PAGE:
HIGH SCHOOL FOOTBALL: Paronish returns to coach Colts again
NORTHERN CAMBRIA — Frank Paronish will take the field this fall looking to wrap up some unfinished business.
In his second stint with Northern Cambria, Paronish wants to make up for some missed opportunities, and he thinks he has the staff — and the team — to do just that.
“We’ve been doing some conditioning for a while now, and things are really starting to settle in,” Paronish said.
“The staff is getting a good idea about the kids, and the kids are learning the new system and adjusting well. So far, things are looking really good for us.”
Paronish, who was Northern Cambria’s head football coach from 2002-06, was hired in March to replace Paul Taranto.
Taranto led the Colts to a 29-32 record and three District 6 playoff appearances in six seasons. Northern Cambria finished with a 5-5 record in 2013 and won four of its last six games after starting the season 1-3.
“Paul did a great job with the kids on both sides of the ball in the offseason,” Paronish said. “He stayed on as our weight room supervisor and has been working with them, and my transition was easy because he had these kids ready.”
Paronish, a middle school science teacher at Northern Cambria, had a 28-25 record as the Colts’ head coach. He also coached three seasons at Blacklick Valley in the mid-1990s.
“I’ve been following the team, and I know the athletes well from teaching them,” Paronish said. “Our numbers are still going to be up this year, and we have a good mix of kids to work with. We have very high expectations this year.”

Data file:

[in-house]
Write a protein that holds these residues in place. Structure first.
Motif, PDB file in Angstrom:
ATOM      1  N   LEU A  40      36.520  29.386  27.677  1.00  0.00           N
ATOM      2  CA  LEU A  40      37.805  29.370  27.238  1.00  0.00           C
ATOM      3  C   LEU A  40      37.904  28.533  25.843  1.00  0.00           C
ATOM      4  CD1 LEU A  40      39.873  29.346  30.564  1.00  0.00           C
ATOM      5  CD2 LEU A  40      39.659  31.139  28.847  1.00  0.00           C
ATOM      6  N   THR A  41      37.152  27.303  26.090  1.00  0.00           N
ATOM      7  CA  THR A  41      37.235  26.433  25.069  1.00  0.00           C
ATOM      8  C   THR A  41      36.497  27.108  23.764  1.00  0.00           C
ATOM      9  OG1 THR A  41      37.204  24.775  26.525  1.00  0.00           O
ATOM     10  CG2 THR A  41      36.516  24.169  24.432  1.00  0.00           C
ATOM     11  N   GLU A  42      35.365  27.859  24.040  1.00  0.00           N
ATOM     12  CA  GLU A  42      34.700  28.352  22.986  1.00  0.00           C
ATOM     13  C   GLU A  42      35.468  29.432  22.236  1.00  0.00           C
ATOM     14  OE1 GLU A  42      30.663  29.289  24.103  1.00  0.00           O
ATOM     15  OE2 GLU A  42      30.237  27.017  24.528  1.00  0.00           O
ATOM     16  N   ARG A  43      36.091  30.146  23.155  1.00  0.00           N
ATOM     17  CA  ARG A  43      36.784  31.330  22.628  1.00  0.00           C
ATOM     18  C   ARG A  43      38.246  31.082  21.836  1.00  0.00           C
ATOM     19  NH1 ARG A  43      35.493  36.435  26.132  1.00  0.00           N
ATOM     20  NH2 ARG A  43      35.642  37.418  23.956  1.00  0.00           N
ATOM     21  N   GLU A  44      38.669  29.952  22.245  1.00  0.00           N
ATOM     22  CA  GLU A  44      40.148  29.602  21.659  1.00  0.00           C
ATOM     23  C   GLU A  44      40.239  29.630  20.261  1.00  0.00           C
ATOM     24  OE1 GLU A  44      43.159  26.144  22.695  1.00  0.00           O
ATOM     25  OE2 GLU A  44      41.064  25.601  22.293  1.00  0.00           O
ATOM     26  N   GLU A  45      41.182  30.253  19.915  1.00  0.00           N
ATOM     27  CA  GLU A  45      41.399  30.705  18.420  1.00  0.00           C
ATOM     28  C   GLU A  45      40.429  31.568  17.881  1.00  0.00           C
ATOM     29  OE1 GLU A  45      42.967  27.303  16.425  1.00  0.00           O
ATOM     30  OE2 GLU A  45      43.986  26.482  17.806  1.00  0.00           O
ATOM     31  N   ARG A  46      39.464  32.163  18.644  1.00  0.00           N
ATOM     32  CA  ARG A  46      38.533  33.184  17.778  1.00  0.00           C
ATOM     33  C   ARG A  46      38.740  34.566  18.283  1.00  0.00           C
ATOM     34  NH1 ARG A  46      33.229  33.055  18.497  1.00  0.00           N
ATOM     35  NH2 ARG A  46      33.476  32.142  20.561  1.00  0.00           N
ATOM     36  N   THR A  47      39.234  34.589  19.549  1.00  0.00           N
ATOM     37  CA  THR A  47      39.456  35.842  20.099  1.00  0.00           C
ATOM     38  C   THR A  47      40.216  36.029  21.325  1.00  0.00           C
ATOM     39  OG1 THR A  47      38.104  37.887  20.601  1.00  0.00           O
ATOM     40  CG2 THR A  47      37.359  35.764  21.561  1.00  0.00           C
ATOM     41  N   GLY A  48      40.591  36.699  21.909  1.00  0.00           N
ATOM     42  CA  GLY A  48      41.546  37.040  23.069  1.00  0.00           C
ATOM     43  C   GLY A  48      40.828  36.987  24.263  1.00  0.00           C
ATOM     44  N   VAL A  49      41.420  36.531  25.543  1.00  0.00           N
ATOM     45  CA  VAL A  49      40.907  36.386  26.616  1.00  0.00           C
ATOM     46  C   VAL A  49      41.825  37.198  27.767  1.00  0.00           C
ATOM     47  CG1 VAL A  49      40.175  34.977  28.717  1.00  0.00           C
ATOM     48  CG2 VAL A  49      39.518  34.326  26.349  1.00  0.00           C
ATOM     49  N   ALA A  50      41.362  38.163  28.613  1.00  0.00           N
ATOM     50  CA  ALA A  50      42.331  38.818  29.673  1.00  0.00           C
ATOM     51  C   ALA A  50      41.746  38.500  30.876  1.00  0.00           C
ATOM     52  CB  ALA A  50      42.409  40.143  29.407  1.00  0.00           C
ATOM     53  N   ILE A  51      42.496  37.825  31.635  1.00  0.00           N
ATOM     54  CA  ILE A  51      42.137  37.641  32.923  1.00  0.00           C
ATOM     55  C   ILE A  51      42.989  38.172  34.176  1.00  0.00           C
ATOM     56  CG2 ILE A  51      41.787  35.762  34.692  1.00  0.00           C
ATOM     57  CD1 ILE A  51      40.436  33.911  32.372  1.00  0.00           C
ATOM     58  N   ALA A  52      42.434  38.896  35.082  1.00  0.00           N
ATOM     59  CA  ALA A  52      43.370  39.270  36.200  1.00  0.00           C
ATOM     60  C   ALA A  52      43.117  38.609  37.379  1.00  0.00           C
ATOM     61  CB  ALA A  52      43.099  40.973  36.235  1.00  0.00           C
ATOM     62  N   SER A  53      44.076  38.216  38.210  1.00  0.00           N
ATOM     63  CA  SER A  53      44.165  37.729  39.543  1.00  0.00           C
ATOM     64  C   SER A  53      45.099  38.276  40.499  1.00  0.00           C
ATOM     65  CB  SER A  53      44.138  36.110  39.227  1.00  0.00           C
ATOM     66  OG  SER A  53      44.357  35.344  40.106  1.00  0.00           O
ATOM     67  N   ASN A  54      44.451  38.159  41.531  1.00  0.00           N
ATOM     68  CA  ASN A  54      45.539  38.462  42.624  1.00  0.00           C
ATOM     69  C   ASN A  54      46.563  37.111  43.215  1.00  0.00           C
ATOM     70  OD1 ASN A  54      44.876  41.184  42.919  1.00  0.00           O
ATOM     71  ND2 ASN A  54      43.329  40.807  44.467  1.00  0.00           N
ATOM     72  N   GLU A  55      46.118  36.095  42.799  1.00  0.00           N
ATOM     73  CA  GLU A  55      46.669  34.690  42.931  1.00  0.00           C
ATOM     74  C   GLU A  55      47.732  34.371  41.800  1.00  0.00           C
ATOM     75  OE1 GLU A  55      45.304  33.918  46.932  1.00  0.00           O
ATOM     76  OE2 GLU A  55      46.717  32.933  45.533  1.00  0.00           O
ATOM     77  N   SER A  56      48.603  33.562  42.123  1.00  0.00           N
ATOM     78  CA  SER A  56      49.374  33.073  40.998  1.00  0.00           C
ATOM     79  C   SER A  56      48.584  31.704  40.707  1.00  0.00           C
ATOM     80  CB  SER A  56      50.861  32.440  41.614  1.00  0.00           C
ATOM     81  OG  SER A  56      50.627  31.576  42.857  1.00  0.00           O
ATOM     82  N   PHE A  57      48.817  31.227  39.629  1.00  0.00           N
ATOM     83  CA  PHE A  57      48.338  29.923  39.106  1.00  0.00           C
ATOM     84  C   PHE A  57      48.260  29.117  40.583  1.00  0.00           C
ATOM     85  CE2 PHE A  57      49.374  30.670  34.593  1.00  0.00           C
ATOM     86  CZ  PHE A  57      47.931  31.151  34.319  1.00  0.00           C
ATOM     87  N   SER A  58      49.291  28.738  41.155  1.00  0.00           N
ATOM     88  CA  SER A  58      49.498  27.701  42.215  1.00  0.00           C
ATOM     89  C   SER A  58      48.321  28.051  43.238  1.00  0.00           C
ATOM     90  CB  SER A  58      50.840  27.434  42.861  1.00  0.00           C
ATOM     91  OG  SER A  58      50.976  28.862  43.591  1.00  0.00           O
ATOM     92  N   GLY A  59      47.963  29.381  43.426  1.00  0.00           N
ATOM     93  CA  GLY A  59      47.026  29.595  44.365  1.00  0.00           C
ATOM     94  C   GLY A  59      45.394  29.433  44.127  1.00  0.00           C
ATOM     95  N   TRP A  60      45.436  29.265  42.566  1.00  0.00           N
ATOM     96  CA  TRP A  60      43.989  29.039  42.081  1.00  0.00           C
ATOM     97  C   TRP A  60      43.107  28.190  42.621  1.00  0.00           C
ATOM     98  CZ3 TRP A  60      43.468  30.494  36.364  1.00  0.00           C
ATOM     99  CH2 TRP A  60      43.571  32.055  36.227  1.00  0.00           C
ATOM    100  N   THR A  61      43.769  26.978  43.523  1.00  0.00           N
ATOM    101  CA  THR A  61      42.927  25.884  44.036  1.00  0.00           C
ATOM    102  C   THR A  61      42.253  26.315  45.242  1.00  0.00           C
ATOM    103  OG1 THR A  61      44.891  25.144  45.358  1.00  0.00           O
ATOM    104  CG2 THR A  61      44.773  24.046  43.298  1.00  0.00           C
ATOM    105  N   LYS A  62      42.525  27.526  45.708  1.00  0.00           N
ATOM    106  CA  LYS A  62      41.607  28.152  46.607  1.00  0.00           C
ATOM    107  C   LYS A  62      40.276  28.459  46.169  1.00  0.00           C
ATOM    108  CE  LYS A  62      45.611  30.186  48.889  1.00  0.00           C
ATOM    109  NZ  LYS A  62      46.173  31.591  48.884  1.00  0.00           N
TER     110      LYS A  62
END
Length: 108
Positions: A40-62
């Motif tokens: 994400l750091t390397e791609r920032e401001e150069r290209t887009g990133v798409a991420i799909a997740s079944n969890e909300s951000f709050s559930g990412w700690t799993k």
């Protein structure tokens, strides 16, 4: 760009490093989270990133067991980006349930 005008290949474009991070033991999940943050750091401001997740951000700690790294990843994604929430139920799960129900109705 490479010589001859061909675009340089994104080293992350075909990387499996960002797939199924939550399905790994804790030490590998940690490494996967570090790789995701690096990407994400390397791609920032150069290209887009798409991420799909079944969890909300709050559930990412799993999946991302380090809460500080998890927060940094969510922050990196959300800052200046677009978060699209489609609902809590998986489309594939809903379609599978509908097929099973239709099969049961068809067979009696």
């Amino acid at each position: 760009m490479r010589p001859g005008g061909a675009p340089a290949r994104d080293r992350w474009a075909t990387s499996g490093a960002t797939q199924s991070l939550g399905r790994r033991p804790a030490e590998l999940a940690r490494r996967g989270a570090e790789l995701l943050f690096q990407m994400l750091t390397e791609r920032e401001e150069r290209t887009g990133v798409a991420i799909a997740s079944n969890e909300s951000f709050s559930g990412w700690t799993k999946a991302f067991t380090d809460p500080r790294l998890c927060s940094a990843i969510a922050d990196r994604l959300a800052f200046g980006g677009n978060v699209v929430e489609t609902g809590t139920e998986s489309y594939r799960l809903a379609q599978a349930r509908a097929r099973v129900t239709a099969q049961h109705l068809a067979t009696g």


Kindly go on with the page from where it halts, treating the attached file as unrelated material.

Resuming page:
The Colts will run a spread offense similar to what Paronish ran the first time around.
“I expect us to be able to run an up-tempo spread, and I expect us to be successful at it,” Paronish said. “We have a lot of athleticism, and that offense allows us to use our speed. We have a good quarterback coming back, and we have some nice receivers. They all have a good understanding of what we’re doing. They’re all fine athletes. I’ve been impressed with what I’ve seen so far in the offseason.”
A soft spot for Northern Cambria, though, could be its inexperienced offensive line. But Paronish said those players are developing with the new system.
“We are relatively young up front, and we need to continue to work with those kids,” he said. “I don’t think it’s a weakness in the type of offense we’re going to run. We don’t have the biggest line, but they are smart and they are fast, and that’s getting us excited.”
For now, Paronish is just happy to be back working with the team. He walked away in 2006 to spend time with his family and never got over some of the heartbreak from his first tenure.
In 2003, the Colts finished 10-2 and were the District 5-6 runners-up.
“You know, I have a lot of unfinished business, and that’s why I’m back,” Paronish said. “That 2003 finish left a bad taste in our mouths because it was a great year, but ended on a bad note. It was all bittersweet, and I’m ready to be back out there with the kids and try to make another run at it.”